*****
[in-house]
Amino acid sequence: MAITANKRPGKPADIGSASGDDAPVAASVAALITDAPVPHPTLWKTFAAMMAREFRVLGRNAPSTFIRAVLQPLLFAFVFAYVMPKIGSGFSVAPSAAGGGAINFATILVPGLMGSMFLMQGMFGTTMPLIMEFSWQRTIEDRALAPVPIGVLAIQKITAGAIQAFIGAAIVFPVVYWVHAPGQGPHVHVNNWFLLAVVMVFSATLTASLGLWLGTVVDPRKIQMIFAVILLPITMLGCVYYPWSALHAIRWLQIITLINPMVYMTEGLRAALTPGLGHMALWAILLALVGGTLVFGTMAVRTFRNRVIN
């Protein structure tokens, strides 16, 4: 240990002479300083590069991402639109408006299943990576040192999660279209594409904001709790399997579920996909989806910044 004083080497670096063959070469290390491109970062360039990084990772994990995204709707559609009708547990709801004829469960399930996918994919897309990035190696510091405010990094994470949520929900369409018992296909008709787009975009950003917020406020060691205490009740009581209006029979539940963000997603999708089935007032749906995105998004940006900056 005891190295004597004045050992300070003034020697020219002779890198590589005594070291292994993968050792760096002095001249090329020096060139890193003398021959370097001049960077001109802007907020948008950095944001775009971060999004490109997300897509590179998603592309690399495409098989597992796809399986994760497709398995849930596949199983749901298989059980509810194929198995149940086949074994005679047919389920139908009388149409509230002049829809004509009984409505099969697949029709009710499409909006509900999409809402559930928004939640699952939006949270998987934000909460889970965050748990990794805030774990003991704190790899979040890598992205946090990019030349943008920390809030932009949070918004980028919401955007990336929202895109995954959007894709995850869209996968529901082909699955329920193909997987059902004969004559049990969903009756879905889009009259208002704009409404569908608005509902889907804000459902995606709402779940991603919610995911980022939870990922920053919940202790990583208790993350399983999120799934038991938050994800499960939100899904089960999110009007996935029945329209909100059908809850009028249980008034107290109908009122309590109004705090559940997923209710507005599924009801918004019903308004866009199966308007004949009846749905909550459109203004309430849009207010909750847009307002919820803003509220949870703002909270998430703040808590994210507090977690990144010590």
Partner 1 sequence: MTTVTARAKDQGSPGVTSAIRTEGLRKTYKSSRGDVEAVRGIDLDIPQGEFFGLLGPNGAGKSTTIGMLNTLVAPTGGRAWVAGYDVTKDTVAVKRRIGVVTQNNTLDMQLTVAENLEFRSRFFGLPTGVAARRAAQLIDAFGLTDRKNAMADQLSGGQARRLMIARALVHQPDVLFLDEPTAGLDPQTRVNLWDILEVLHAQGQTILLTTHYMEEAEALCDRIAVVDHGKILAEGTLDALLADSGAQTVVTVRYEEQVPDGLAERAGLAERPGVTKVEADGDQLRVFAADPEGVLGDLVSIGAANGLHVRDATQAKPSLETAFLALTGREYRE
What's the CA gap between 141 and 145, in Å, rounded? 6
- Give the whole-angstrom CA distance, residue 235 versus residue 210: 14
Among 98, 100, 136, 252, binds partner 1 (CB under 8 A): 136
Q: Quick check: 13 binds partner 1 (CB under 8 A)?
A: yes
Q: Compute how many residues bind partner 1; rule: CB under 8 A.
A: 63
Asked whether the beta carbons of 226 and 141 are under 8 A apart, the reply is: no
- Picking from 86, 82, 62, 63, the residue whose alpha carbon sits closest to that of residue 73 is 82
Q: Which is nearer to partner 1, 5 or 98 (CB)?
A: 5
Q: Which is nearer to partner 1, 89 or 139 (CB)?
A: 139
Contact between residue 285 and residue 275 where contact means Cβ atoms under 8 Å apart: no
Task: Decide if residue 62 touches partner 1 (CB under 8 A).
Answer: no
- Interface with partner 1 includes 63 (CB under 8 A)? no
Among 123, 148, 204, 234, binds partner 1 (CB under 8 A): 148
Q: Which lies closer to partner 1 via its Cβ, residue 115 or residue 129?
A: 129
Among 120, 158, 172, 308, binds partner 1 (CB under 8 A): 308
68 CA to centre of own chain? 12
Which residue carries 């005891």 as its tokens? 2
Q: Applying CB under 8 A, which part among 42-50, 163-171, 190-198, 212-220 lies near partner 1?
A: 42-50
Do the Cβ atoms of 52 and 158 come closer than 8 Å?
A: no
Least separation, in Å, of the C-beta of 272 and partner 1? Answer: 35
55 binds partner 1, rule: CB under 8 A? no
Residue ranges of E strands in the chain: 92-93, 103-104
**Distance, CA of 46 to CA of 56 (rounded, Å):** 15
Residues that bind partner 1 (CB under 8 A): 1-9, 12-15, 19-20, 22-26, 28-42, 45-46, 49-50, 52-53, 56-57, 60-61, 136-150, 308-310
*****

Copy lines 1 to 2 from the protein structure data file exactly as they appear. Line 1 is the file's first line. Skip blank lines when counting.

[in-house]
Amino acid sequence: MAITANKRPGKPADIGSASGDDAPVAASVAALITDAPVPHPTLWKTFAAMMAREFRVLGRNAPSTFIRAVLQPLLFAFVFAYVMPKIGSGFSVAPSAAGGGAINFATILVPGLMGSMFLMQGMFGTTMPLIMEFSWQRTIEDRALAPVPIGVLAIQKITAGAIQAFIGAAIVFPVVYWVHAPGQGPHVHVNNWFLLAVVMVFSATLTASLGLWLGTVVDPRKIQMIFAVILLPITMLGCVYYPWSALHAIRWLQIITLINPMVYMTEGLRAALTPGLGHMALWAILLALVGGTLVFGTMAVRTFRNRVIN